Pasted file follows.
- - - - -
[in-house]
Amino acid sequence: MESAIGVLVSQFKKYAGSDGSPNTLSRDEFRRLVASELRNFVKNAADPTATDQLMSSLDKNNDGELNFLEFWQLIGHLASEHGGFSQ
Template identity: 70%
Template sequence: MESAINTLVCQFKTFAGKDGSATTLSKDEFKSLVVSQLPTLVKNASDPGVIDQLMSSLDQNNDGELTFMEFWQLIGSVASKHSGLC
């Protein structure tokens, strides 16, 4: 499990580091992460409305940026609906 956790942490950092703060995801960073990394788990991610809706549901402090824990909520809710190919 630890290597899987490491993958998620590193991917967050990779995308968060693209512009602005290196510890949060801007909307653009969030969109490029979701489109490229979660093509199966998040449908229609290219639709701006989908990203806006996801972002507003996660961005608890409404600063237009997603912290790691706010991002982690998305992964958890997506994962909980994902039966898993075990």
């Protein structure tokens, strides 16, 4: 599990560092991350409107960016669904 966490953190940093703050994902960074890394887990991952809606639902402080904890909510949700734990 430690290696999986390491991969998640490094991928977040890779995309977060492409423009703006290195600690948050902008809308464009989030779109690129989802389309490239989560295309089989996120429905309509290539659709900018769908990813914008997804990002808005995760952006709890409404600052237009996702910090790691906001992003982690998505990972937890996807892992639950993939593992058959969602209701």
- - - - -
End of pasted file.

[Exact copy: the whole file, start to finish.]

[in-house]
Amino acid sequence: MESAIGVLVSQFKKYAGSDGSPNTLSRDEFRRLVASELRNFVKNAADPTATDQLMSSLDKNNDGELNFLEFWQLIGHLASEHGGFSQ
Template identity: 70%
Template sequence: MESAINTLVCQFKTFAGKDGSATTLSKDEFKSLVVSQLPTLVKNASDPGVIDQLMSSLDQNNDGELTFMEFWQLIGSVASKHSGLC
């Protein structure tokens, strides 16, 4: 499990580091992460409305940026609906 956790942490950092703060995801960073990394788990991610809706549901402090824990909520809710190919 630890290597899987490491993958998620590193991917967050990779995308968060693209512009602005290196510890949060801007909307653009969030969109490029979701489109490229979660093509199966998040449908229609290219639709701006989908990203806006996801972002507003996660961005608890409404600063237009997603912290790691706010991002982690998305992964958890997506994962909980994902039966898993075990």
């Protein structure tokens, strides 16, 4: 599990560092991350409107960016669904 966490953190940093703050994902960074890394887990991952809606639902402080904890909510949700734990 430690290696999986390491991969998640490094991928977040890779995309977060492409423009703006290195600690948050902008809308464009989030779109690129989802389309490239989560295309089989996120429905309509290539659709900018769908990813914008997804990002808005995760952006709890409404600052237009996702910090790691906001992003982690998505990972937890996807892992639950993939593992058959969602209701």